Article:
• Select building elements on the basis of life-cycle cost analysis—Mirror the lifespan of projects and systems with the expected lifespan of the facility.
  • Consider the recyclability of materials.
  • Specify materials and products that are easy to maintain (balance this with their impact on children's health and the environment).
  • Utilize life-cycle cost analysis tools.
  • Commission the facility to ensure that it operates in a manner consistent with design intent.
  • Use energy simulation and analysis tools to optimize energy performance (integrate daylighting systems, high-performance HVAC, energy-efficient building shell, and high-performance electric lighting)

Functional

To foster students' sense of community and individuality:

  • Cluster classrooms around common areas.
  • Connect spaces visually with colors and patterns.
  • Provide platform spaces for gathering, sitting, and presenting and alcoves for reading and studying.
  • Decentralize administrative spaces to encourage active leadership and maximize interaction with students.
  • Provide a "home base" for each student and teacher.

To ensure flexibility and adaptability for changing programs and enrollments:

  • Use operable walls to increase the efficiency of large, multipurpose spaces, such as the cafeteria and gymnasium.
  • Accommodate technology upgrades.

Historic Preservation

Historic school buildings—those that are 50 years of age or older—typically were the centers of their communities and were designed to optimize natural ventilation and daylighting. Communities should study the history of their schools and become involved in the planning of new schools in order to make wise decisions regarding renovation versus new construction. All of the pros and cons of renovating an old school should be weighed, such as:

  • Structural integrity
  • Community access
  • Building orientation—solar access
  • Daylighting opportunities (i.e., large windows) and possible barriers (multi-story buildings)
  • Other features that enhance or hinder visual/thermal/acoustic comfort
  • Potential to upgrade for energy efficiency, water efficiency, safety and security, and technology
  • Aesthetics
  • Community landmark; historic significance
  • Proximity to residential neighborhoods (potential for walking/bicycling to school)
  • Site preservation vs. disturbance

For information about preserving, rehabilitating, restoring, or reconstruction historic buildings see WBDG Historic Preservation Branch.

Productive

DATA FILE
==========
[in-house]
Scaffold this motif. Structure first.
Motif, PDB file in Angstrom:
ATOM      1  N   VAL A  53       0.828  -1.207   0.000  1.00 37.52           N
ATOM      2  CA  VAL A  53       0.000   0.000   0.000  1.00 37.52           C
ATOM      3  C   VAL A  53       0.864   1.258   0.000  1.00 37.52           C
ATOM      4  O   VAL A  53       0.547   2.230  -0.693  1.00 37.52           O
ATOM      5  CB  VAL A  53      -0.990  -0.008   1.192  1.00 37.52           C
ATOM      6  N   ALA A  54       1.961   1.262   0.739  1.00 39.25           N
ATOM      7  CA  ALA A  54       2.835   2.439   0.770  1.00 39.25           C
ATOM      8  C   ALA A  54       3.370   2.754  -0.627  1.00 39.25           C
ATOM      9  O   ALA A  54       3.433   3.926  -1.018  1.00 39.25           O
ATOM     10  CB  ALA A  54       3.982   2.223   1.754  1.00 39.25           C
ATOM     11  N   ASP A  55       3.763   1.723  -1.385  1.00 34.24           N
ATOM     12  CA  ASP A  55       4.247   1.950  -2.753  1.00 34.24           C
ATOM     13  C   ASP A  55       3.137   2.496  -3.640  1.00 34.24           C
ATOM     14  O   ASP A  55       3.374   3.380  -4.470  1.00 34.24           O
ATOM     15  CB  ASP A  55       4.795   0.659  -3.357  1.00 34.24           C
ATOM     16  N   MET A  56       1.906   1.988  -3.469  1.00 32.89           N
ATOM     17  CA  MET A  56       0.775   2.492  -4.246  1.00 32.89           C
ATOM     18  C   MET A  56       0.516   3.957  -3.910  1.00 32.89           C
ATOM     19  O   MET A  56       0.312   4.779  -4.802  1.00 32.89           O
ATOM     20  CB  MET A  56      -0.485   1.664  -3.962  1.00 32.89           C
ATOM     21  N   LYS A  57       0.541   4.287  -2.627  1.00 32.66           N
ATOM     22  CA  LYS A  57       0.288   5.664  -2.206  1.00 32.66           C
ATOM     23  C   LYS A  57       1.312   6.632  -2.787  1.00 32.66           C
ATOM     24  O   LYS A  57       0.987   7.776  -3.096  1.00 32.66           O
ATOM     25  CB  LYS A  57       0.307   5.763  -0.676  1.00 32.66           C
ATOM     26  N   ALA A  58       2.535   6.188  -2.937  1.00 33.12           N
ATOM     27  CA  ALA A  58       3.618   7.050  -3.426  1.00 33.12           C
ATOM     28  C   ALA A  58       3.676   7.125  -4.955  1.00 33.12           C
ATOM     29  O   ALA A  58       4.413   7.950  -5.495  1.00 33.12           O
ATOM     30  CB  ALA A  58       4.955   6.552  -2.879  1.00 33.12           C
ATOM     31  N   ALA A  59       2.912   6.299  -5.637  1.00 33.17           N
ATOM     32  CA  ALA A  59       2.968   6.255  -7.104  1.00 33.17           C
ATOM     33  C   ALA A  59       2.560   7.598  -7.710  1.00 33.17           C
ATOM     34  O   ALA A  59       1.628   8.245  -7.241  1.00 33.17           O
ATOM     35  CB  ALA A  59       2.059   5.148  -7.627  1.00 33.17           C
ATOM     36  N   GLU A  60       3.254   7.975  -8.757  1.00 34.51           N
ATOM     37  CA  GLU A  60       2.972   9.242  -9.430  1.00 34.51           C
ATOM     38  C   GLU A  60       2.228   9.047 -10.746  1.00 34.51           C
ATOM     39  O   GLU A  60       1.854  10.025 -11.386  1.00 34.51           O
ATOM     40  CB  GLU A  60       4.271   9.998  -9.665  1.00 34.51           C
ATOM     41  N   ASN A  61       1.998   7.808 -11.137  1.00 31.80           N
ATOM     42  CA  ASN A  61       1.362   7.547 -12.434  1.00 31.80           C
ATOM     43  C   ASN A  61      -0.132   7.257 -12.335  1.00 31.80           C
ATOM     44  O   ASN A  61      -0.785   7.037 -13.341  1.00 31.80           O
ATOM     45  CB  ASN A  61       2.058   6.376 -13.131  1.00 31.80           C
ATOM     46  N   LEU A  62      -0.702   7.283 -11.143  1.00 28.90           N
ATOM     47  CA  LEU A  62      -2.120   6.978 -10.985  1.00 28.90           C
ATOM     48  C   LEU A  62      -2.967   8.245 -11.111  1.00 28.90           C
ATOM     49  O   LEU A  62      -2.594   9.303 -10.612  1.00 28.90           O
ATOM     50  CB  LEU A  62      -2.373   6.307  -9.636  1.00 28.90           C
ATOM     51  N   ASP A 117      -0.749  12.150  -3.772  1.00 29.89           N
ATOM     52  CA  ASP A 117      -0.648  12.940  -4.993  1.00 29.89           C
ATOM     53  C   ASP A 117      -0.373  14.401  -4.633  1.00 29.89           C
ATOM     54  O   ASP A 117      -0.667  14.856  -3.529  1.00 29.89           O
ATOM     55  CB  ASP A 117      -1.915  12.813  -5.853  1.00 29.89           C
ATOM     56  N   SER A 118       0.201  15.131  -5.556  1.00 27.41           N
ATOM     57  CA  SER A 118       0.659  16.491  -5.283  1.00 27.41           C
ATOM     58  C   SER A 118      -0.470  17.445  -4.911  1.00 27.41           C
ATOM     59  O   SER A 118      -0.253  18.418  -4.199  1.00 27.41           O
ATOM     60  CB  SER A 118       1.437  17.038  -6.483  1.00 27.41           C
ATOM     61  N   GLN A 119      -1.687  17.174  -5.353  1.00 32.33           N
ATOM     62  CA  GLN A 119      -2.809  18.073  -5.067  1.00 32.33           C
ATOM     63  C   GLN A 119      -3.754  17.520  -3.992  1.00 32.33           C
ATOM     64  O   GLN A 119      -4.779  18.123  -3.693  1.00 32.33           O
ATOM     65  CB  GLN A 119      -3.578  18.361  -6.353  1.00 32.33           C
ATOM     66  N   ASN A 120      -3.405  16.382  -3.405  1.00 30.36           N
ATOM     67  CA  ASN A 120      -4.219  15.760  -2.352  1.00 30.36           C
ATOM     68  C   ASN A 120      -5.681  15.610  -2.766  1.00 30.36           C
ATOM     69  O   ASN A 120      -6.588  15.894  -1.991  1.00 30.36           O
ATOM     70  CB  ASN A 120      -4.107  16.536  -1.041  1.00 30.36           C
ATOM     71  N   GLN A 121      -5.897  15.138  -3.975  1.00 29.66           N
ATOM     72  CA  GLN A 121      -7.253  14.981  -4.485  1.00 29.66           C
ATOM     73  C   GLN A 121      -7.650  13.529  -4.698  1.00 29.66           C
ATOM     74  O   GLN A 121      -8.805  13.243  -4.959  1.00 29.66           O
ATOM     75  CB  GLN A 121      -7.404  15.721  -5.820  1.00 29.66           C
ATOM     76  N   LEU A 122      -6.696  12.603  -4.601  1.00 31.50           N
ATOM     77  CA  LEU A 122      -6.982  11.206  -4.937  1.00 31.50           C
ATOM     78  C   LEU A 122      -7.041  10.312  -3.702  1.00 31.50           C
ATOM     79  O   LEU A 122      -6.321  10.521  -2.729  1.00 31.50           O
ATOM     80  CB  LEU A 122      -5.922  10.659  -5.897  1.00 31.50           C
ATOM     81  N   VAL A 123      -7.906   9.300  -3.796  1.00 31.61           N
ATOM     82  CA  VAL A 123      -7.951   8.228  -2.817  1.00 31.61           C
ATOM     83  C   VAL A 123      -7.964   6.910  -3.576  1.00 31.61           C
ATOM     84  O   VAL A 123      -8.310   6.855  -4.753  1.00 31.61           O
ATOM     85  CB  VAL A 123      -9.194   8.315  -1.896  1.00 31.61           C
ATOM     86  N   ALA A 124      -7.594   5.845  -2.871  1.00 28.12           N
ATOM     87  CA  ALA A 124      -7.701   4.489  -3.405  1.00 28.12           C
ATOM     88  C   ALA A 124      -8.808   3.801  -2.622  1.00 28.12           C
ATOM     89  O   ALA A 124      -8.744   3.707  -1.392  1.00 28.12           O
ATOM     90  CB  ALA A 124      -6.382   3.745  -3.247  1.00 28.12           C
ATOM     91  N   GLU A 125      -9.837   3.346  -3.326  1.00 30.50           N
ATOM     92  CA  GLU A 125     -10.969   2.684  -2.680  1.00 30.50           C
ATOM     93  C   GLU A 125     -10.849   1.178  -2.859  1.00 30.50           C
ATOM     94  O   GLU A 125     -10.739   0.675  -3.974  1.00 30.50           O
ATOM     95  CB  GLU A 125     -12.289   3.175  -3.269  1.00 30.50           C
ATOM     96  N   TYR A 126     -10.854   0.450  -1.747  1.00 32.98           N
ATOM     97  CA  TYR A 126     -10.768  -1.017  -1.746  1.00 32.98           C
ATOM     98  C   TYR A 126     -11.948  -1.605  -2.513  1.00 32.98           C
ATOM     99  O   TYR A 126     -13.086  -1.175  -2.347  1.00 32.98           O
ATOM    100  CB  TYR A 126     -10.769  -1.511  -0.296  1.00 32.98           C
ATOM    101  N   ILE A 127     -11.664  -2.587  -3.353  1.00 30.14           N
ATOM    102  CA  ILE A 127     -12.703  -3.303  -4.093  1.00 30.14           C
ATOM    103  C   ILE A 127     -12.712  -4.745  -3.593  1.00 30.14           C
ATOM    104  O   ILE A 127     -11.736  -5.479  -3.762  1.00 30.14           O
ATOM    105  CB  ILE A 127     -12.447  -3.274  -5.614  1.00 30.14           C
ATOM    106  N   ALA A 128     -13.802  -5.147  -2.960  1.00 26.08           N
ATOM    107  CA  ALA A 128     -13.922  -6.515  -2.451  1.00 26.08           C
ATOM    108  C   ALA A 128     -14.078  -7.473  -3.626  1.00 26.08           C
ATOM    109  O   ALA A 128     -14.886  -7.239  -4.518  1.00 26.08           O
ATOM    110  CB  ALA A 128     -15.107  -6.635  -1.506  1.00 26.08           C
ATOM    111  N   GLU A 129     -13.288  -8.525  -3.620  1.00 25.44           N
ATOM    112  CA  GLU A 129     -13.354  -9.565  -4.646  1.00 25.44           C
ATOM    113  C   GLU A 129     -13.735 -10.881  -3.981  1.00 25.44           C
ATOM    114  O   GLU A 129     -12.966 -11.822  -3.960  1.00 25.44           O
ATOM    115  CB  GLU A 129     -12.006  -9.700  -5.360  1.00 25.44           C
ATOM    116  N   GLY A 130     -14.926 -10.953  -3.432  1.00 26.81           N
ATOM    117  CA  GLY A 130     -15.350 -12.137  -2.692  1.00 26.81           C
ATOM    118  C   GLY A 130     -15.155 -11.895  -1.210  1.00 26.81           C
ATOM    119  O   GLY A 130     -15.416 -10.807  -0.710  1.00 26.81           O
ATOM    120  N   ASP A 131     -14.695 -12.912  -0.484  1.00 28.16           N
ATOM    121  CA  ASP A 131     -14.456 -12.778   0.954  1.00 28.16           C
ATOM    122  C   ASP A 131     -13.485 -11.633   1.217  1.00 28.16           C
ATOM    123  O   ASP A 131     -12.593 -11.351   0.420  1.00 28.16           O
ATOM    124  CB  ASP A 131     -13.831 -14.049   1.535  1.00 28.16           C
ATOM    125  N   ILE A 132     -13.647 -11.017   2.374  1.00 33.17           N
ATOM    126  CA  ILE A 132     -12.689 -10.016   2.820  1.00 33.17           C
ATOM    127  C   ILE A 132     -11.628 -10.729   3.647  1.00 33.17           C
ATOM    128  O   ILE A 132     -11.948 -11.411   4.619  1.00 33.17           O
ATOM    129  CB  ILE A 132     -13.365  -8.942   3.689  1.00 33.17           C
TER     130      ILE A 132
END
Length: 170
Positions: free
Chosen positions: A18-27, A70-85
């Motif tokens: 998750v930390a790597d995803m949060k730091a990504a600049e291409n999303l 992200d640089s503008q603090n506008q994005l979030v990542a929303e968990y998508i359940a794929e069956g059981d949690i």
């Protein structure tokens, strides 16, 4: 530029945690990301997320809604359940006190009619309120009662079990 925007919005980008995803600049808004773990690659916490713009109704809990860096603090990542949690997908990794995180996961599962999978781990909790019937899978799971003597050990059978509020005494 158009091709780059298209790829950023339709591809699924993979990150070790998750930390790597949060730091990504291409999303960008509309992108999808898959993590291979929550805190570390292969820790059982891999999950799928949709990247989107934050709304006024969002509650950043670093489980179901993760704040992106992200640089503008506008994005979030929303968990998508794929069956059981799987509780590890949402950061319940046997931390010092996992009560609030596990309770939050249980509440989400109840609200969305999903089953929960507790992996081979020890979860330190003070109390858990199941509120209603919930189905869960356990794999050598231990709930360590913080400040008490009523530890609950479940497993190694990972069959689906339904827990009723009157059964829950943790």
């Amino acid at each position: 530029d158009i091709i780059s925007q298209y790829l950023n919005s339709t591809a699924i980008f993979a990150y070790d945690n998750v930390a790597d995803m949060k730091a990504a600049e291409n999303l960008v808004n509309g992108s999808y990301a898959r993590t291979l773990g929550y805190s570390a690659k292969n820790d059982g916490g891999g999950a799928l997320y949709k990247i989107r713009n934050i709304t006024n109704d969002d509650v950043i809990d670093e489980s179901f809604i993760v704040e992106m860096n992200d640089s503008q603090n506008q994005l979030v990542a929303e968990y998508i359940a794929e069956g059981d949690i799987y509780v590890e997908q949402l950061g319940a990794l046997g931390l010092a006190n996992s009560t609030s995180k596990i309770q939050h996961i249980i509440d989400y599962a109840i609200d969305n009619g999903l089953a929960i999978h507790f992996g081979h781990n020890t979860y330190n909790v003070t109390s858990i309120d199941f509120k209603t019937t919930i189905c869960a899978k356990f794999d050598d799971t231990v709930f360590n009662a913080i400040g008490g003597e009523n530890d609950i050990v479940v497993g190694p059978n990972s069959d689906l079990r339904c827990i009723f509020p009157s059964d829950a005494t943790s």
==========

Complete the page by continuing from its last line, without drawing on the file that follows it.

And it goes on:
Secondary schools should enhance the health and productivity of students, teachers, and staff.

  • Make daylighting a priority, especially in classrooms. Daylighting is the controlled admission of natural light into a space. Glare and hot spots can undermine the learning process. Studies show a positive correlation between daylighting and student performance.
  • Integrate daylighting with high-efficient electric lighting and controls to optimize visual comfort.
  • Use natural ventilation when possible. (This and daylighting also provide a connection to the outdoors.)
  • Ensure acoustical comfort. Poor classroom acoustics are more than merely annoying, they can disrupt learning.
  • Ensure superior indoor air quality. Young adults typically are more sensitive to indoor air pollutants than adults and more likely to suffer ill effects such as allergies and asthma. U.S. EPA Healthy School Environments. Consider displacement ventilation systems.
  • Ensure thermal comfort. "Right size" HVAC systems to keep humidity in the comfort zone. Give teachers control over the temperature of individual classrooms.
  • Embrace the concept of the building as a teaching tool (aka a 3-D textbook or living lab).
  • Connect the indoor environment to the outdoors by providing operable view windows in classrooms and easy access from classrooms to gardens and other outdoor areas that can be utilized in the curriculum.

Secure / Safe

Newberg High School Addition/Renovation, Newberg, Oregon - Sustainable features in this flexible, multi-use student commons area include: ample daylighting, natural ventilation, recycled materials including bamboo in the courtyard, and exterior sunshades

Newberg High School Addition/Renovation—Newberg, Oregon
Sustainable features in this flexible, multi-use student commons area include: ample daylighting, natural ventilation, recycled materials including bamboo in the courtyard, and exterior sunshades.
Architect: BOORA Architects, Photographer: Michael Mathers

Sustainable

  • Use energy, water, and other resources efficiently.
  • Integrate renewable energy strategies, including passive solar design and, where appropriate, solar thermal and photovoltaics.